The court also upheld the jury’s finding about pre-existing damage. The opinion notes that minutes of the condo association’s board of directors meetings shows that the amount that jury found to be pre-existing damages matched exactly the cost of a repair estimate that was provided to the board for a proposal to waterproof and caulk windows and doors.

Rockhill was also unable to persuade the appellate panel to alter the trial court decision. The insurer rejected arguments that the association’s experts were incompetent and unreliable.

What’s more, the appellate panel refused to accept Rockhill’s argument that jury had failed to factor into its damage calculation that the board of directors was considering spending $1.2 million for painting and waterproofing balconies attached to the condo tower. The insurer asserted that those “pre-existing damages” should also have been deducted from the award.

The 11th Circuit said to overturn that finding, the insurer needed to show that the amount awarded was not “legally sufficient.”

“The number found by the jury was not pulled out of a hat—it was within the range shown by the evidence at trial,” the opinion says.

Please call  Lee from  USAsurance Powered by WeInsure & Calle Financial. 954-270-7966 or 833-USAssure at the office. My email is lee@myUSAssurance.com . I am Your Insurance Consultant  about Home Insurance, Auto, Flood, Private Flood, Car, Life Insurance, Mortgage protection, Financial Products, Business  & Commercial Policies, & Group Products for business owners to give Employees benefits at no cost to the employer. My email is lee@myUSAssurance.com

Whatever it was meant for , we need the push for new business in all areas so this should help keep S. Florida moving toward to recovery.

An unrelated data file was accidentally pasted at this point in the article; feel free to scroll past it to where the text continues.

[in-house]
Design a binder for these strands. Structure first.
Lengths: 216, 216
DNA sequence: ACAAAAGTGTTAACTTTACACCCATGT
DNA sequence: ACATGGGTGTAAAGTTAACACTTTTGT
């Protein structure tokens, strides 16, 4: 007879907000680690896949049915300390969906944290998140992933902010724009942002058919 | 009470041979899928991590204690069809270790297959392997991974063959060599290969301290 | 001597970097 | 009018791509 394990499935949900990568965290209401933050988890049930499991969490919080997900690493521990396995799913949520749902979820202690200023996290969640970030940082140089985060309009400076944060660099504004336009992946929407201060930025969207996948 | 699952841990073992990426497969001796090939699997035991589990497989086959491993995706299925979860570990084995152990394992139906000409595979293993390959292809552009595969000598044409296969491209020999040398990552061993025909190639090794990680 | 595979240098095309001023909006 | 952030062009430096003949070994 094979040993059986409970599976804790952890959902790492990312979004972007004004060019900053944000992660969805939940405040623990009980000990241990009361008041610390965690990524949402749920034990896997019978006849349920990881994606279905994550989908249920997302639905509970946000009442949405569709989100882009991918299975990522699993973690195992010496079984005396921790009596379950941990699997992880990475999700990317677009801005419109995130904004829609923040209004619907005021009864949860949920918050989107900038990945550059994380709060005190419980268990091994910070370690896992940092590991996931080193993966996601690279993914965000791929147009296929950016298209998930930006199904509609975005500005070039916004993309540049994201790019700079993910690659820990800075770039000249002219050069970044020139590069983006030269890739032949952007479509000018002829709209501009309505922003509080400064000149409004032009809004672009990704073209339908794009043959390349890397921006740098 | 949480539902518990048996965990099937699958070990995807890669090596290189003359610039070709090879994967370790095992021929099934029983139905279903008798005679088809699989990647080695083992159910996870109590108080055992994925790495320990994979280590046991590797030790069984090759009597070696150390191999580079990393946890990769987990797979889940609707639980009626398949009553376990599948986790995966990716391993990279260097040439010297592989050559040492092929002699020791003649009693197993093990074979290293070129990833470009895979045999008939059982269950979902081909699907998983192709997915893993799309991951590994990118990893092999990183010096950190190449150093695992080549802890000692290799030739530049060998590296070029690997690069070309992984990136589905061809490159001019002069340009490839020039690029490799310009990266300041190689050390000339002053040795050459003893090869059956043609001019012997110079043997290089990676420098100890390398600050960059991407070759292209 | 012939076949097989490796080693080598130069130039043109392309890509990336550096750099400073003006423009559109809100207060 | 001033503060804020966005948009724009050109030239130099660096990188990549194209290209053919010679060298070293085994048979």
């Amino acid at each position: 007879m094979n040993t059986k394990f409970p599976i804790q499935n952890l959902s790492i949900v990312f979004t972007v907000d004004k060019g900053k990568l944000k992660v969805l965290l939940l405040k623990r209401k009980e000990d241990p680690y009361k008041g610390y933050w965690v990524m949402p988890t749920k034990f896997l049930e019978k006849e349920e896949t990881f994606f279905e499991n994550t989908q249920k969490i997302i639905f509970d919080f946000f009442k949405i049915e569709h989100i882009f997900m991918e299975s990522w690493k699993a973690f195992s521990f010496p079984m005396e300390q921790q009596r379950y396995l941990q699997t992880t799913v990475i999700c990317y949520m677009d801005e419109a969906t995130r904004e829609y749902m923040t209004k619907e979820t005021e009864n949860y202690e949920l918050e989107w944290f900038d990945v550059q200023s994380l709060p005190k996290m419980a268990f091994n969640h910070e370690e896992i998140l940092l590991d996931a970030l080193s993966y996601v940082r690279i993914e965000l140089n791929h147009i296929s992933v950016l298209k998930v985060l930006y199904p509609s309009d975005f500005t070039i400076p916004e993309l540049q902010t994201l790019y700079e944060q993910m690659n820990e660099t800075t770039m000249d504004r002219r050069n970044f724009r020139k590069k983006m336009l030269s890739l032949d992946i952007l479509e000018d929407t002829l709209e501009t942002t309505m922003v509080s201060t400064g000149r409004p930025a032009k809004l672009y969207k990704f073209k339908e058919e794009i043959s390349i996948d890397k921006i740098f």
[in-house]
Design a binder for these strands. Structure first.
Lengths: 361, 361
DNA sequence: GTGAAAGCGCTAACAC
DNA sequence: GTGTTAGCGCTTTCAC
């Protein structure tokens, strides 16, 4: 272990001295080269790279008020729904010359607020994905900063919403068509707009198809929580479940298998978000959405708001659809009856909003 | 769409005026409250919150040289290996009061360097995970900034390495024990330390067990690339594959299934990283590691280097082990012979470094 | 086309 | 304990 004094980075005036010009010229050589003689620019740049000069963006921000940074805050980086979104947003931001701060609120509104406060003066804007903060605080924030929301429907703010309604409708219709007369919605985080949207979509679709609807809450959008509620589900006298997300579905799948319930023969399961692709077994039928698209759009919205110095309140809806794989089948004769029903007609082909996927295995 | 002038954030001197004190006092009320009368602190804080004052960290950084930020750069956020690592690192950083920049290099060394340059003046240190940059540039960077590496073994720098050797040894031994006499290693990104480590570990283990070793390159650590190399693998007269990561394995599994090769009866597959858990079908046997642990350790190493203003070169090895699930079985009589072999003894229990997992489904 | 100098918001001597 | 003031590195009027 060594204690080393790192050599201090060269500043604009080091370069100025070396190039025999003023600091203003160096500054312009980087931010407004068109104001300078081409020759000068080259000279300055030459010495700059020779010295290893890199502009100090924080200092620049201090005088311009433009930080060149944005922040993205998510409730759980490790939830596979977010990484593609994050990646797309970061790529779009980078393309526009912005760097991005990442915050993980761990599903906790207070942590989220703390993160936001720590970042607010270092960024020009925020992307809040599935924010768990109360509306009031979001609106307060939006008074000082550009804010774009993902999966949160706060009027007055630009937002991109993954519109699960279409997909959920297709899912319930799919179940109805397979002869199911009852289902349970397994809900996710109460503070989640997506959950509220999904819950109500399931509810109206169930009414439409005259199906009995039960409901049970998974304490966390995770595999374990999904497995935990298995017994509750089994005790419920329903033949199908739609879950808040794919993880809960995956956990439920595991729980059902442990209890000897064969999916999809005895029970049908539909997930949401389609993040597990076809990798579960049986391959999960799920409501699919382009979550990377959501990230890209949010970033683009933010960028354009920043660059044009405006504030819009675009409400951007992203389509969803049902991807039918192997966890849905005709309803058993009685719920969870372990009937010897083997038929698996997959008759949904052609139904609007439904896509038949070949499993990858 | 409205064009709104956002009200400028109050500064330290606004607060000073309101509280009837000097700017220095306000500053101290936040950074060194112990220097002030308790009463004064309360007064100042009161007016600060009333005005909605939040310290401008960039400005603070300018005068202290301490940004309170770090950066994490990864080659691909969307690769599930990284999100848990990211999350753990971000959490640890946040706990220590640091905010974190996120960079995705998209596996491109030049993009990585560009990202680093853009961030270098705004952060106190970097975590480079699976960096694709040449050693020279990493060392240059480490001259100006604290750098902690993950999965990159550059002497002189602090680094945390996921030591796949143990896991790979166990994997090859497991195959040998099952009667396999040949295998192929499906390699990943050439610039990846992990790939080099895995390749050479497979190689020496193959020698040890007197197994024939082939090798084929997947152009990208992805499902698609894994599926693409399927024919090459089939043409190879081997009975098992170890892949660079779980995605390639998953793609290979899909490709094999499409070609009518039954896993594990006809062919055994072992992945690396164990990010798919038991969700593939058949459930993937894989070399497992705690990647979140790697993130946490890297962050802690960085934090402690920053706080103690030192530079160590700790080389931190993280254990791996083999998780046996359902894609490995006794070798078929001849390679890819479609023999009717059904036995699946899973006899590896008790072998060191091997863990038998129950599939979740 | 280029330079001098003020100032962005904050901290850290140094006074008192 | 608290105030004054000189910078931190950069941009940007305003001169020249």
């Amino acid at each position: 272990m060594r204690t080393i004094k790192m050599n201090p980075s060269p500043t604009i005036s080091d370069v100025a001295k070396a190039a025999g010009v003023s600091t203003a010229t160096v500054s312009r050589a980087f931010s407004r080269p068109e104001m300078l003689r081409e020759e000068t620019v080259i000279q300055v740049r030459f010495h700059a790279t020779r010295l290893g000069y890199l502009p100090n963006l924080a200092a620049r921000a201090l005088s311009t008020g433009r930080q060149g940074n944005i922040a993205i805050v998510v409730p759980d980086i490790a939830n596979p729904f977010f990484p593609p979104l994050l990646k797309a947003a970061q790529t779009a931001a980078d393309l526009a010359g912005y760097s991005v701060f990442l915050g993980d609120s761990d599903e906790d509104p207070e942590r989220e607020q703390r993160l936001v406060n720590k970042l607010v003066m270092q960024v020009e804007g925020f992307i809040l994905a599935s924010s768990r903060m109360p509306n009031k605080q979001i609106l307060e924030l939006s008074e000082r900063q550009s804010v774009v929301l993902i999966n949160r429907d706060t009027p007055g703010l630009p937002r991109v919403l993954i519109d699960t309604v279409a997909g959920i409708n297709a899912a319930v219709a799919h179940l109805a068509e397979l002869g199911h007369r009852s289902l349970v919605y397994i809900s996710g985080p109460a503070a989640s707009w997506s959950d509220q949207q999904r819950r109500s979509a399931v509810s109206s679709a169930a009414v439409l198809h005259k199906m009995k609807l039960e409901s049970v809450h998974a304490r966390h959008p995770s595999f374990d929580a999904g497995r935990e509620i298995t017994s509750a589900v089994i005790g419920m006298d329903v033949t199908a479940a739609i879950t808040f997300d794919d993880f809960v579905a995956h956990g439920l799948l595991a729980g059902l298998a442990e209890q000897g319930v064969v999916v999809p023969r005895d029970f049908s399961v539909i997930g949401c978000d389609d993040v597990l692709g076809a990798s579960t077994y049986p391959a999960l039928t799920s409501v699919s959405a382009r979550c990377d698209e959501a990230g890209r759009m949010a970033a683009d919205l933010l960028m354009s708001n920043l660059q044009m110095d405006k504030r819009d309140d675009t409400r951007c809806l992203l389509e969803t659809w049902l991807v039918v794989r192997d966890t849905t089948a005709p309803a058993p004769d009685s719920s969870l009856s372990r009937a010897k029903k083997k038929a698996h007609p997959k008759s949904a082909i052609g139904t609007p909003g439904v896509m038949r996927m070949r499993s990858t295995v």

Please call  Lee from  USAsurance Powered by WeInsure & Calle Financial. 954-270-7966 or 833-USAssure at the office. My email is lee@myUSAssurance.com . I am Your Insurance Consultant  about Home Insurance, Auto, Flood, Private Flood, Car, Life Insurance, Mortgage protection, Financial Products, Business  & Commercial Policies, & Group Products for business owners to give Employees benefits at no cost to the employer. My email is lee@myUSAssurance.com

The tragedy provides a lesson on the importance of transparency and honesty when completing insurance applications.

By Tiffany J. Rothenberg | July 26, 2021 at 03:00 AM | The original version of this story was published on Daily Business Review

As a related matter, policyholders should know that under Florida law, there is a duty to read and understand documents before signing. When an insured signs an insurance application, the insured is affirming to the carrier that all of the information provided is correct. This is true even if the insurance agent filled out the application, and simply requests a signature. (Credit: Felix Mizioznikov/Shutterstock.com)

As of July 16, a search of Miami-Dade Court records revealed more than 20 lawsuits that have been filed on behalf of the deceased, grieving families, and the dozens of survivors rendered homeless following the Surfside Condo collapse. As the investigation unfolds on the recent tragedy, so too has the pursuit for accountability and compensation for victims.

Initially, litigants focused on the potential coverage limits of the condo association’s property insurance and liability insurance policies as sources of compensation. Indeed, at one of the first hearings, Judge Michael A. Hanzman, the judge presiding over the Surfside Condo matters, observed that the combined funds of these policies, totaling $48 million, are unlikely to adequately “compensate everyone fully for the extent of their losses.”

Please call  Lee from  USAsurance Powered by WeInsure & Calle Financial. 954-270-7966 or 833-USAssure at the office. My email is lee@myUSAssurance.com . I am Your Insurance Consultant  about Home Insurance, Auto, Flood, Private Flood, Car, Life Insurance, Mortgage protection, Financial Products, Business  & Commercial Policies, & Group Products for business owners to give Employees benefits at no cost to the employer. My email is lee@myUSAssurance.com

As Florida continues to grapple with increasing weather damage claims and rampant insurance fraud, more insurers are refusing to cover homes with roofs over 10 years old.